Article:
The Biden Cancer Initiative, the nonprofit that former Vice President Joe Biden established two years ago after leaving the White House, spent nearly two-thirds of its budget on staff compensation.
The Biden Cancer Initiative, a nonprofit to support cancer prevention and research, doled out high salaries to executives, according to a report from the Washington Free Beacon. The organization’s president, Greg Simon, was paid $224,539 in 2017 and $429,850 in 2018.
Biden Cancer Initiative salaries made up nearly 65% of its total expenditures. The organization raised and spent $4.8 million over the two years it was in operation, and more than $3 million of that amount went to salaries, compensation, and benefits, according to 2017 and 2018 tax forms. The Biden Cancer Initiative spent $1.7 million on other expenses, including $740,000 for conferences, conventions, and meetings.
Charity Navigator, a website that rates charities for effectiveness, said charities “spending less than a third of their budget on program expenses are simply not living up to their missions.”
The Biden Cancer Initiative did not cut a single grant check to other organizations. However, the nonprofit was not established as a grant-providing entity.
Many of the executives who were paid six figures at the Biden Cancer Initiative previously worked for the Obama administration’s “Cancer Moonshot” program, that was created to “accelerate cancer research” and “aims to make more therapies available to more patients, while also improving our ability to prevent cancer and detect it at an early stage.”
The report questions if the presumptive Democratic presidential nominee’s organization “allowed associates to profit off their access to him.”
The organization’s mission was to “develop and drive implementation of solutions to accelerate progress in cancer prevention, detection, diagnosis, research, and care, and to reduce disparities in cancer outcomes.”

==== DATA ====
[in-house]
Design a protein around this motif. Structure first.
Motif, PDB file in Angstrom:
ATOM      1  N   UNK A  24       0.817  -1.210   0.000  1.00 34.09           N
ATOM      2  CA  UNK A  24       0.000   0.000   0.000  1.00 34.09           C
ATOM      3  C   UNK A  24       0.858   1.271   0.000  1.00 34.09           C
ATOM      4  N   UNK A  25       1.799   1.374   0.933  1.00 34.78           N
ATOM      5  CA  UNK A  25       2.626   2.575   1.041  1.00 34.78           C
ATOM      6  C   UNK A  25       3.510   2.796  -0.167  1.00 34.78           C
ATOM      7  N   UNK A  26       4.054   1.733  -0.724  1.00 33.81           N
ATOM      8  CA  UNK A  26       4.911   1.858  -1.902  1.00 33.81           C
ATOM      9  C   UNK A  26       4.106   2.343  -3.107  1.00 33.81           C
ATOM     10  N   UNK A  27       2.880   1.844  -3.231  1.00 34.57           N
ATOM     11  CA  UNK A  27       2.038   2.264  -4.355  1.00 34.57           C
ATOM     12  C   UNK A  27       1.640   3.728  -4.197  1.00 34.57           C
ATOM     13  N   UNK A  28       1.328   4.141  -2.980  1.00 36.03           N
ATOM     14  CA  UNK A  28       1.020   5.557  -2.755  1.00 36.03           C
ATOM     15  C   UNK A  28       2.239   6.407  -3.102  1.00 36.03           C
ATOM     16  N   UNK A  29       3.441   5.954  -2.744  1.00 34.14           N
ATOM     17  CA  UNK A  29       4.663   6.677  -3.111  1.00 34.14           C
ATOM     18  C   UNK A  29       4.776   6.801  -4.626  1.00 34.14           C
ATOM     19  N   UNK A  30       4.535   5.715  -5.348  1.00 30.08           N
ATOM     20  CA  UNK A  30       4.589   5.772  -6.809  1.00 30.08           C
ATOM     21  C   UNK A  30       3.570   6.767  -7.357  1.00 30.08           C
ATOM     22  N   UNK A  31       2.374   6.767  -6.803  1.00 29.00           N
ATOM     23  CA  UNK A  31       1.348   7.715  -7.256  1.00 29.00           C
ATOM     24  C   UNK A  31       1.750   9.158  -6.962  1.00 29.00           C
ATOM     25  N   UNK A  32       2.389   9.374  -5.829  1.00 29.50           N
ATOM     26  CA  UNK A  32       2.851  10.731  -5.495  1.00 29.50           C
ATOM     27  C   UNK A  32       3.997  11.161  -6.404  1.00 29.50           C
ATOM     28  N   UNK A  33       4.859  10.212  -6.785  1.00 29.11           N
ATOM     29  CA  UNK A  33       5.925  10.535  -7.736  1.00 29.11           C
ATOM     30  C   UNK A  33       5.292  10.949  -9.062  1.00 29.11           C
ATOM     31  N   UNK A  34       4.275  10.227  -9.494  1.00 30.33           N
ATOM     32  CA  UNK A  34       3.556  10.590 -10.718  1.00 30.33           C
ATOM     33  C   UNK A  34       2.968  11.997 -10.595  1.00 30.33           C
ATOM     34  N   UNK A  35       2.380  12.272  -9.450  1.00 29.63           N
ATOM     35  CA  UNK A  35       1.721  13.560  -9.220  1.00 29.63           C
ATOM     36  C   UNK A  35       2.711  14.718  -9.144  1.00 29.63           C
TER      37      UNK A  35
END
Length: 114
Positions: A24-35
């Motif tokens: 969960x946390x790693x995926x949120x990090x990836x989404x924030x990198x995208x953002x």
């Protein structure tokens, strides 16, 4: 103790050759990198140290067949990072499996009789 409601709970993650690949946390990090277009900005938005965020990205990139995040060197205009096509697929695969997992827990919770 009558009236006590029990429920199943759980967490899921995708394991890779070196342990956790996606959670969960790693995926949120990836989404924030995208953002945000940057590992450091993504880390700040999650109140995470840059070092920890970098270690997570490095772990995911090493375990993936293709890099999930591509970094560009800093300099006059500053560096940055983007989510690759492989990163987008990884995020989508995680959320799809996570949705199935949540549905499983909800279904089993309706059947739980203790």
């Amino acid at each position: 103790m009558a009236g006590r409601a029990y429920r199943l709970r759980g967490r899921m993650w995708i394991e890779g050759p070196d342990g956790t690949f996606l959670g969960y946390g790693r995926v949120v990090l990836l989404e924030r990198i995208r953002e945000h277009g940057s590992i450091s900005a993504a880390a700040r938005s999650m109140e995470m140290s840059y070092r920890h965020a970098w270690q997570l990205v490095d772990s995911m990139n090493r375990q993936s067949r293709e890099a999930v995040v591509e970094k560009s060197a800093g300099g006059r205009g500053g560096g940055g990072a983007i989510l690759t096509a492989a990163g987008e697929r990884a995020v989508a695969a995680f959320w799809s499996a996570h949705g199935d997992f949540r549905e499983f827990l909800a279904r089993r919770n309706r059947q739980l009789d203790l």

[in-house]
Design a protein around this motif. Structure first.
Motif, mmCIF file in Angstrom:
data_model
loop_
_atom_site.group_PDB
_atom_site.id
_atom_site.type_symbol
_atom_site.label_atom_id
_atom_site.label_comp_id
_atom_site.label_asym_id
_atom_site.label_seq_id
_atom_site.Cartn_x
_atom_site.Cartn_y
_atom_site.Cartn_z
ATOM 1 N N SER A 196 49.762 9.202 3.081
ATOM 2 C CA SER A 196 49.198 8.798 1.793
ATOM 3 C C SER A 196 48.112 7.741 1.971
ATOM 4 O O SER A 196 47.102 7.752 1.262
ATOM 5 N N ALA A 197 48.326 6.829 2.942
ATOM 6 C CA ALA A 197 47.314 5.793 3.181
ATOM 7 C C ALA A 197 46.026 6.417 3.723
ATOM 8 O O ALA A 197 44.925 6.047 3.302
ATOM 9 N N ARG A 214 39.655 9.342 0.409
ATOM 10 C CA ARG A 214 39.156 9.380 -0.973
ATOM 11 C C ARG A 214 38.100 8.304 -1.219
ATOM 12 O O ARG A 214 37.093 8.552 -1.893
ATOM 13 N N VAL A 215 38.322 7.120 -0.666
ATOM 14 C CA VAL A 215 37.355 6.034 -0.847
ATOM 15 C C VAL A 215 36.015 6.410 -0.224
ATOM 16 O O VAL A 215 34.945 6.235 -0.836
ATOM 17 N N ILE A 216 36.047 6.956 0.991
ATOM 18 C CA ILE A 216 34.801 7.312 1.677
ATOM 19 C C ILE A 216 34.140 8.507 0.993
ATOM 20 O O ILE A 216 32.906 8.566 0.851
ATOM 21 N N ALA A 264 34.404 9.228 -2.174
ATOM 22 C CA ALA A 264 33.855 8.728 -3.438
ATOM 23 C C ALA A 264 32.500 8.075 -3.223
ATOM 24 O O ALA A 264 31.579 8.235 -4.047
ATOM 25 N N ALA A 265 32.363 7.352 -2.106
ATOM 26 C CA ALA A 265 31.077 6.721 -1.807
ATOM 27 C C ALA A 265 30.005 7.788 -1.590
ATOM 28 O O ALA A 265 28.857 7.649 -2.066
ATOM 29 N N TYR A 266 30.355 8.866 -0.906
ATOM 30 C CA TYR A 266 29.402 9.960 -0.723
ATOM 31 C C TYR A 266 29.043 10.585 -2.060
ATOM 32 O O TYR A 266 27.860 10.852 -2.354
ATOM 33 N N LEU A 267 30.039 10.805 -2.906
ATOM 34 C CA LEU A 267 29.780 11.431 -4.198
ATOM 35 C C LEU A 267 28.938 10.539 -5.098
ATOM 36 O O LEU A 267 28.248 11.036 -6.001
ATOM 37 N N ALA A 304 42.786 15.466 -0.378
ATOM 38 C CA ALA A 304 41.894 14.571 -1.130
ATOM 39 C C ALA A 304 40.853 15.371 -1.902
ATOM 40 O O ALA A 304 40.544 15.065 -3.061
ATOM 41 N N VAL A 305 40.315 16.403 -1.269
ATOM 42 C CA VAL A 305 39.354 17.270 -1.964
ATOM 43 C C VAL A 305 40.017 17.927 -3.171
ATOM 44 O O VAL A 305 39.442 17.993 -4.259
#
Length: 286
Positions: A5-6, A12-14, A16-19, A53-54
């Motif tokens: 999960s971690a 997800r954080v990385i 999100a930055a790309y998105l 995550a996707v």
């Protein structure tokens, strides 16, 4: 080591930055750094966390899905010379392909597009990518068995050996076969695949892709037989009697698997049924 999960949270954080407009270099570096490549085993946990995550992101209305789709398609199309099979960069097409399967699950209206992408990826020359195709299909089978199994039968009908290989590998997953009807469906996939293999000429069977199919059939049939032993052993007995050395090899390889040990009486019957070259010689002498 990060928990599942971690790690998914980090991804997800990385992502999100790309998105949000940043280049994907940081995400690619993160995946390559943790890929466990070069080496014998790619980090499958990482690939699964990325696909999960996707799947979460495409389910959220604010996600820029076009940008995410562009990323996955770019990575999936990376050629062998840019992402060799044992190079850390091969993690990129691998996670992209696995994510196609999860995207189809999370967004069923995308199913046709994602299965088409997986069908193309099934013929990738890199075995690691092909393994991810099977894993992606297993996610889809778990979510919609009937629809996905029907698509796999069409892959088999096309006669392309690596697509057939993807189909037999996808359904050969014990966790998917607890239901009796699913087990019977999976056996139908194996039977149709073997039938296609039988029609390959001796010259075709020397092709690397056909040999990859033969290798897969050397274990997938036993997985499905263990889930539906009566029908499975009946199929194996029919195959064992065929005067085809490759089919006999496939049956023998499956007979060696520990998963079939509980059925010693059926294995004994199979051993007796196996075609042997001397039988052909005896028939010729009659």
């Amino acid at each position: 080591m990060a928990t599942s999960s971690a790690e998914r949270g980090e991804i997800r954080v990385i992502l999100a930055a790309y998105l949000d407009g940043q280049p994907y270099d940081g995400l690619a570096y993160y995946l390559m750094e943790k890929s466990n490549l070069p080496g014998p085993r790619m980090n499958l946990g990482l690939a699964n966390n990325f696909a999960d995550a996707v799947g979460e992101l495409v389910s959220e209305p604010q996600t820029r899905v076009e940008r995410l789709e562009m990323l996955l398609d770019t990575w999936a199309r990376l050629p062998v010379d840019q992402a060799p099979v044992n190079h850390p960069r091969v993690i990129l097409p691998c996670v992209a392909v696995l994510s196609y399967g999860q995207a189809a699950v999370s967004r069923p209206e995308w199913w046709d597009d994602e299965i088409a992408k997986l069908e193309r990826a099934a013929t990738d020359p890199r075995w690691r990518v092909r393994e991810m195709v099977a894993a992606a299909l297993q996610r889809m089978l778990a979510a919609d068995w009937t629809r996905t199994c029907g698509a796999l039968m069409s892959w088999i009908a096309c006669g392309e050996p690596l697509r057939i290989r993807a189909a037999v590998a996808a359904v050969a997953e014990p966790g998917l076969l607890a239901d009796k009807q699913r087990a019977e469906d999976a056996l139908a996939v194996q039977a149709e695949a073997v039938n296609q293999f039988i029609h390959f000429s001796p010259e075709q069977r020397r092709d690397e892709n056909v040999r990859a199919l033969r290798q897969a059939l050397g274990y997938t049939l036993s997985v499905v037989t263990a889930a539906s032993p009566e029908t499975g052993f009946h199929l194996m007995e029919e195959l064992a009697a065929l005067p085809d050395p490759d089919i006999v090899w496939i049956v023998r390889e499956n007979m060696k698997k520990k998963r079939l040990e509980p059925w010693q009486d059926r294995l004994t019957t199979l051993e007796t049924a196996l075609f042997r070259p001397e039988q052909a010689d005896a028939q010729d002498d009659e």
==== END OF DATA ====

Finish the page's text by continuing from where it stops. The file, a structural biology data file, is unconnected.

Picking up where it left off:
Biden and his wife Jill left the organization’s board in April 2019 to avoid a conflict of interest as he prepared to launch his presidential campaign. The Biden Cancer Initiative suddenly shuttered on July 11, 2019.
“Today, we are suspending activities given our unique circumstances. We remain personally committed to the cause, but at this time will have to pause efforts,” Greg Simon, president of the Biden Cancer Initiative, said. “We thank the community for their incredible response to our mission to improve the cancer journey for patients and to improve outcomes for all patients for generations to come.”
Fortune reported in July 2019 that the “nonprofit had trouble maintaining momentum” without the involvement of the Biden’s. “And the roles played by Biden allies and health care-related firms in aiding the foundation’s activities have raised questions about their potential interests if Biden won the presidency.”
An Associated Press report from June of last year warned about the possible influence issues with Biden’s close ties to health care companies. “The nonprofit’s reliance on health care industry partners poses concerns.”
Several of the health care companies Biden touted while the initiative was operating had financial and regulatory interests with the federal government.
Arthur Caplan, professor of bioethics at New York University, asked if Biden was elected as president, would his administration “give favorable treatment for anyone who supported his foundation in the past?”
Biden’s son Beau died of brain cancer in 2015 at the age of 46.
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